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Belstead, Charles Torrens (1832–1894)

by Gordon Rimmer

This article was published in Australian Dictionary of Biography, Volume 3, (MUP), 1969

Charles Torrens Belstead (1832-1894), public servant, was born in England, son of Captain Henry Belstead (1794?-1859) of the 85th Regiment. The Belsteads with their five children reached Hobart Town in the Platina on 6 September 1845 en route for Norfolk Island where Captain Belstead was superintendent of convicts until 1848 when he returned to Van Diemen's Land as deputy-police clerk at Richmond and then registrar of the Court of Requests at Hobart.

Charles was appointed turnkey and overseer of convicts on Norfolk Island in March 1848 and became assistant superintendent in 1852. After Norfolk Island prisoners were transferred to Tasmania in 1854-56, he became chief clerk in the Prisoners' Barracks in Hobart in 1857. On 1 January 1859 he transferred to the Comptroller-General's Office, created in 1842 and responsible for the administration of Norfolk Island from 1844, then under the direction of William Nairn. In September 1868 when Nairn went on sick leave Belstead became acting comptroller-general. This office, with a salary of £800, was abolished after Nairn's death and in 1869-77 Belstead served as governor's secretary for the penal establishment at a salary of £400. In 1872-94 he was agent for imperial expenditure on the convict account in the colony at the same salary. He was thus the last British representative of the Convict Department in Tasmania.

The transfer of imperial assets to colonial control began before Belstead left Norfolk Island. In 1855 buildings not required by the Imperial Convict Department or military forces were handed over to the colonial government and surplus stores were transferred from outlying stations to Port Arthur. The net cost to the British government in 1860 for the maintenance of convict establishments at the Prisoners' Barracks, the Cascades Factory and Port Arthur amounted to £39,198, including £1224 for the Comptroller-General's Office with two clerks and a messenger. In 1865 the Houses of Correction for males at New Town and at Hobart for females were transferred to the colonial government. Proposals were submitted in 1869 to the British government for the handing over of Port Arthur and these became effective in 1871. The colonial government took over the remaining probation stations and the Port Arthur establishment, and bought the stores valued at £9362. The British government agreed to pay the colony on a per capita basis the cost of maintaining prisoners, paupers, lunatics and hospital patients chargeable to imperial funds. In addition the British government continued to contribute £6000 a year for twelve years to the cost of colonial police and gaols. Finally, instead of contributing to the cost of extra accommodation required in Hobart for the imperial inmates transferred from Port Arthur, the British government agreed to hand over the barracks and other military installations at Hobart and Launceston after the withdrawal of imperial troops in 1870. In 1877 the Port Arthur establishment was evacuated. Throughout these changes Belstead received all claims from colonial prisons, pauper and lunatic establishments, and transmitted them to the director of convict prisons in the United Kingdom, who in turn authorized reimbursement to the Tasmanian agent-general in London. Belstead was also responsible for the payment of pensions to former imperial service officers living in Tasmania.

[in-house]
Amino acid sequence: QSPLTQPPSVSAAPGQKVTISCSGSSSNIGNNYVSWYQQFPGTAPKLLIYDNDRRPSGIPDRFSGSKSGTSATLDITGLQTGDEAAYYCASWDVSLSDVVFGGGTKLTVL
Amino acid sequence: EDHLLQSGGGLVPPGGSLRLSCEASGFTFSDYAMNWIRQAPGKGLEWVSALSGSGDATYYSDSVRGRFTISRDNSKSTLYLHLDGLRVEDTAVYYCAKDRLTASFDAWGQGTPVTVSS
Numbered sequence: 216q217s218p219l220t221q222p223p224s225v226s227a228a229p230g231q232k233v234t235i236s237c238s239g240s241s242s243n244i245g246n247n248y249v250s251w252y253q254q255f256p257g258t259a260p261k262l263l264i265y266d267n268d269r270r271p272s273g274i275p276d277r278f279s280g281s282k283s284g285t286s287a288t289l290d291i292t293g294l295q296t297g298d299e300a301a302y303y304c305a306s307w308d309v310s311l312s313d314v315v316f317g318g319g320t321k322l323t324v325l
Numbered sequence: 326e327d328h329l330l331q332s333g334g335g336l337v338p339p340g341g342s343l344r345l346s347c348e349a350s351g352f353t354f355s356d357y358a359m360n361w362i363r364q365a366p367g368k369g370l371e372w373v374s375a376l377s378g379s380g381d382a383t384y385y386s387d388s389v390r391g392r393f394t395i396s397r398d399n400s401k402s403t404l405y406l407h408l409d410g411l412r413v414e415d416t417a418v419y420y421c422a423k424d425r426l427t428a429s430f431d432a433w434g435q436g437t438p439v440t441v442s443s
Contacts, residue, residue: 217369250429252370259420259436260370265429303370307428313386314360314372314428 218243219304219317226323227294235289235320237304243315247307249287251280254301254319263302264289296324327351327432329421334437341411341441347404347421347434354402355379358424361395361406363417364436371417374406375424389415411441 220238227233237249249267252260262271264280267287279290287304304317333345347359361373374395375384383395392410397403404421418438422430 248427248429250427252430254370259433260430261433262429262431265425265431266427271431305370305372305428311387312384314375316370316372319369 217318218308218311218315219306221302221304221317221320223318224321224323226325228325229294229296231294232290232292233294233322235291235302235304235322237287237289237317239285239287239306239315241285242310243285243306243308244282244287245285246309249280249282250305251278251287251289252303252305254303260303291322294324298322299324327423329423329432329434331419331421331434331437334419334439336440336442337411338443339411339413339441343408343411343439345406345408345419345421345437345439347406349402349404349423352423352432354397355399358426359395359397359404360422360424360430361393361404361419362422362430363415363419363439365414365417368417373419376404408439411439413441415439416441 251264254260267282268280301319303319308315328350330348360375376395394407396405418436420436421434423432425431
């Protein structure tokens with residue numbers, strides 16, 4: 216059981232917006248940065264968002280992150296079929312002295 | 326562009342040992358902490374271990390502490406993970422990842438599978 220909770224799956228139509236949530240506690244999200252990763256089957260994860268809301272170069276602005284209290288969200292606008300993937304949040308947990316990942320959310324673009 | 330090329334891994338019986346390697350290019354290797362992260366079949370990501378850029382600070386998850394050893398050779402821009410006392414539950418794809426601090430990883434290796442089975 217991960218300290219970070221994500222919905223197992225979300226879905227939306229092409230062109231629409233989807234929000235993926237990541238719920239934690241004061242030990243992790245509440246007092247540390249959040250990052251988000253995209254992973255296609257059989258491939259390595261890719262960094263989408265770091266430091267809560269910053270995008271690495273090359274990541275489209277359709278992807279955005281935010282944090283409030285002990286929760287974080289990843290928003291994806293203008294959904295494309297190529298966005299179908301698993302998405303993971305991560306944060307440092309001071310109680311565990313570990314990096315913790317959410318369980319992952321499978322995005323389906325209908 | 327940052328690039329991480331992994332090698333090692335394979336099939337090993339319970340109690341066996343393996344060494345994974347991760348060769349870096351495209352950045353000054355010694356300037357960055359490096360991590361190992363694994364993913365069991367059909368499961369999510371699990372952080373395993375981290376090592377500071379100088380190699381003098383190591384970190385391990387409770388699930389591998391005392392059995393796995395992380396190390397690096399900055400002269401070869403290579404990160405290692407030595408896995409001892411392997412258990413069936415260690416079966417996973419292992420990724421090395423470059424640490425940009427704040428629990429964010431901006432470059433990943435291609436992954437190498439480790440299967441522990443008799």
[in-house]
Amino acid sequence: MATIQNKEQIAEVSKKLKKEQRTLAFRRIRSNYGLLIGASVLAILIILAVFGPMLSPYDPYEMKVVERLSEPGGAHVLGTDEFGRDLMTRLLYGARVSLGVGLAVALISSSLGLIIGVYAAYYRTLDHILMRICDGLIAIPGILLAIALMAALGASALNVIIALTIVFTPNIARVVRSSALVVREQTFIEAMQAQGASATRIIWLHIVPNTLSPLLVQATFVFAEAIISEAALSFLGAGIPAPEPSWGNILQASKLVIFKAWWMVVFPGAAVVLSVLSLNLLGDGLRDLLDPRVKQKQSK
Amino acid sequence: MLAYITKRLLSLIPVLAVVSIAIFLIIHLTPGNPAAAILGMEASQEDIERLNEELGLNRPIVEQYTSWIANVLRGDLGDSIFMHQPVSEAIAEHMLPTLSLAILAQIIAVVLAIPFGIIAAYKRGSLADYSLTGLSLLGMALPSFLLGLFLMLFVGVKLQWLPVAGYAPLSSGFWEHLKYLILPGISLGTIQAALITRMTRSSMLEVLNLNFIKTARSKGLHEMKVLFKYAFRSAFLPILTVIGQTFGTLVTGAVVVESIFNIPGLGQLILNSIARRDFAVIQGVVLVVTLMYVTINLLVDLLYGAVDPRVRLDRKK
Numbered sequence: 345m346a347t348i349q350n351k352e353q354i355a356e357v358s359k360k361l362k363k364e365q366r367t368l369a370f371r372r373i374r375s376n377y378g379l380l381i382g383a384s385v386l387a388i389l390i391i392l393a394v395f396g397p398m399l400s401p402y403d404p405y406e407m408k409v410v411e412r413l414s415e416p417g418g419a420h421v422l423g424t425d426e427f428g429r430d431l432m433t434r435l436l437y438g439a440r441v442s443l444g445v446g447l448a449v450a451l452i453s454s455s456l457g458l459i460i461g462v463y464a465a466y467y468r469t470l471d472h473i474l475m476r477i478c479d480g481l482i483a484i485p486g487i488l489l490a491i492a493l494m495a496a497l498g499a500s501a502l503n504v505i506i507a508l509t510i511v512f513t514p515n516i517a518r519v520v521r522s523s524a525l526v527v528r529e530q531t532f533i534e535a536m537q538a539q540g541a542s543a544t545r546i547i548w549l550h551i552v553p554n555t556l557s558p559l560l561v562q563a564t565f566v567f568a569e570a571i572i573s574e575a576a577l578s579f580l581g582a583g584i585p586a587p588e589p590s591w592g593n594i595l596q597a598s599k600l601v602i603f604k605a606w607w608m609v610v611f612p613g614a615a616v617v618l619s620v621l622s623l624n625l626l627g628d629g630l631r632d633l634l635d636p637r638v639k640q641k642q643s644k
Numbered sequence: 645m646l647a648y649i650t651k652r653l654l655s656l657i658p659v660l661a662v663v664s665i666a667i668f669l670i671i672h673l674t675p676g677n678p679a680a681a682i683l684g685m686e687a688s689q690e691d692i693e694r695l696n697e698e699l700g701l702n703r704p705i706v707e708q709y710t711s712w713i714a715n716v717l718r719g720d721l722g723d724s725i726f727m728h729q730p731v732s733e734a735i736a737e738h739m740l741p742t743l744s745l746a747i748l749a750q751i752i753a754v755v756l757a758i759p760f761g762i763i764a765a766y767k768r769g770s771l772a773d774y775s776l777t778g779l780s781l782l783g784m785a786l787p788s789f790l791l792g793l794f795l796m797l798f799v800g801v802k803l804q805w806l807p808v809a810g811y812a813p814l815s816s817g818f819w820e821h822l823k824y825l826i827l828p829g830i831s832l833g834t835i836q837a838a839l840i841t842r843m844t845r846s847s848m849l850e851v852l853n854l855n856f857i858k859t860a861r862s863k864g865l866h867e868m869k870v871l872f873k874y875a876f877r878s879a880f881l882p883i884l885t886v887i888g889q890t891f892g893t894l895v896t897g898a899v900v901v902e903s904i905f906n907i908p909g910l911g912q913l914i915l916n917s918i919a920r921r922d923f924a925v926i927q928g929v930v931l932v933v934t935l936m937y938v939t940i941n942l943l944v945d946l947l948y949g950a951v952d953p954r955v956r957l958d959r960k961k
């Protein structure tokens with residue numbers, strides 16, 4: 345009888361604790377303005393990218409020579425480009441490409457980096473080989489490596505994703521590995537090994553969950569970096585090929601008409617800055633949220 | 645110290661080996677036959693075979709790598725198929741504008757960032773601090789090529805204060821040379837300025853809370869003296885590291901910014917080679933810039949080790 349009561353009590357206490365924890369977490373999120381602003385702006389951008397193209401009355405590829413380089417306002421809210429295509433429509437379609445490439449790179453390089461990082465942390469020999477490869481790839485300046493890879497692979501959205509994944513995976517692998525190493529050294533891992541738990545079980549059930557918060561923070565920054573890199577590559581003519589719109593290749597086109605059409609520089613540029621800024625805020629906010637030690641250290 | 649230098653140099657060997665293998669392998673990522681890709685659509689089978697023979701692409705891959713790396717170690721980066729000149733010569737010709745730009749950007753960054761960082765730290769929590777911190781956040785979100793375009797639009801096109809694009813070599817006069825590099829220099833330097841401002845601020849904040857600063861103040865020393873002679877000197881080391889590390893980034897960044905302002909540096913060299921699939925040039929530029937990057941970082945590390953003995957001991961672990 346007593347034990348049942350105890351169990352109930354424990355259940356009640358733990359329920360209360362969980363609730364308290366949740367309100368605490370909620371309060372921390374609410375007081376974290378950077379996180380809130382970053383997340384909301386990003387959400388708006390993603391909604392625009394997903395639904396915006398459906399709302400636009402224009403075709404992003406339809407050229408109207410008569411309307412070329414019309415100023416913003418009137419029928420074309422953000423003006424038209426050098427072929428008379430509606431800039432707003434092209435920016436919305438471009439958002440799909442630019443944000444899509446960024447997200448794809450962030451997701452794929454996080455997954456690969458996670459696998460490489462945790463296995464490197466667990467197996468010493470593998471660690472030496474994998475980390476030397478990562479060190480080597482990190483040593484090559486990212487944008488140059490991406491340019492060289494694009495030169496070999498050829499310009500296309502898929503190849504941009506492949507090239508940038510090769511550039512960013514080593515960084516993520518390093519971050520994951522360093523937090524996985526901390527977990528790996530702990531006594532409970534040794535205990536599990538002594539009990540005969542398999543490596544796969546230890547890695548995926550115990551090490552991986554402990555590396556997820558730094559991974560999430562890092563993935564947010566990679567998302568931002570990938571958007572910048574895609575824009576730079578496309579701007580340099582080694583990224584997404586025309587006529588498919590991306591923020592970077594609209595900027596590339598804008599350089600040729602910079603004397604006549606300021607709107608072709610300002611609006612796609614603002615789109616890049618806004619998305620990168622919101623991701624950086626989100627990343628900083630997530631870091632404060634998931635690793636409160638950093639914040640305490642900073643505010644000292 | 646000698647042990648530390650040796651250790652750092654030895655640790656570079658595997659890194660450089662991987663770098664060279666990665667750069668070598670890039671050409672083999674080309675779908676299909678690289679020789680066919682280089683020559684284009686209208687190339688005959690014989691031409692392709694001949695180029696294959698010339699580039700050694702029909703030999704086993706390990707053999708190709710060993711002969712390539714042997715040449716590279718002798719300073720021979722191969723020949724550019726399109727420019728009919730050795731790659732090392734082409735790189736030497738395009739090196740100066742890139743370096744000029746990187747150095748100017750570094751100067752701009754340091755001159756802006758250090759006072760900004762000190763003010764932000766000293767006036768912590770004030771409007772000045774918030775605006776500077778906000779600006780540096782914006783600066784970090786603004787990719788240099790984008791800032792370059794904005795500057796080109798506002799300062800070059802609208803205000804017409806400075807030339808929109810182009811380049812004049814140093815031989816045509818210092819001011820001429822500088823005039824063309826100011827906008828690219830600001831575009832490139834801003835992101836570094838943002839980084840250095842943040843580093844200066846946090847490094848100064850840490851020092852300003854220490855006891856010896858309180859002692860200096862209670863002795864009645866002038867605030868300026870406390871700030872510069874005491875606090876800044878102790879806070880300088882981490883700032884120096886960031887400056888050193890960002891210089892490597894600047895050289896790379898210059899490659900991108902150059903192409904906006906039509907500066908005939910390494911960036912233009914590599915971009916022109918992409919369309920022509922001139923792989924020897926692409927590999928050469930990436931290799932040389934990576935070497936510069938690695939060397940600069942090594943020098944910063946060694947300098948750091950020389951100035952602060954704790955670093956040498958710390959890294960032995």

In 1880 the remaining military installations held in trust by the British government in Hobart, Launceston and Richmond were handed over to the colonial government. Belstead died on 25 June 1894. In 1868 at St David's Cathedral, Hobart, he had married Ada, daughter of William Sorell; they had two children.

His brother Francis (1835-1898), who had been secretary of mines, was appointed temporary agent for imperial expenditure. Despite Premier Sir Edward Braddon's recommendation that the office be continued at a lower salary of £300 because payments had diminished to about £20,000 a year, it was eventually decided that imperial convict charges should be commuted; the colonial government agreed to pay pensions on behalf of the imperial government from 1895 in return for a 3 per cent commission. The office of agent for imperial expenditure was then closed.

Select Bibliography

  • Port Arthur, Dispatches and papers, Votes and Proceedings (House of Assembly, Tasmania), 1871, 2 (32)
  • Comptroller-General, annual reports 1858-62, CON II (Archives Office of Tasmania)
  • Tasmanian papers, 1154-55 (State Library of New South Wales)
  • Ac no 2396 (Archives Office of Tasmania)
  • CSO 50/24, 29 (Archives Office of Tasmania)
  • GO 25/22-24 (Archives Office of Tasmania).

Citation details

Gordon Rimmer, 'Belstead, Charles Torrens (1832–1894)', Australian Dictionary of Biography, National Centre of Biography, Australian National University, http://adb.anu.edu.au/biography/belstead-charles-torrens-2971/text4329, published first in hardcopy 1969, accessed online 16 October 2018.

This article was first published in hardcopy in Australian Dictionary of Biography, Volume 3, (MUP), 1969

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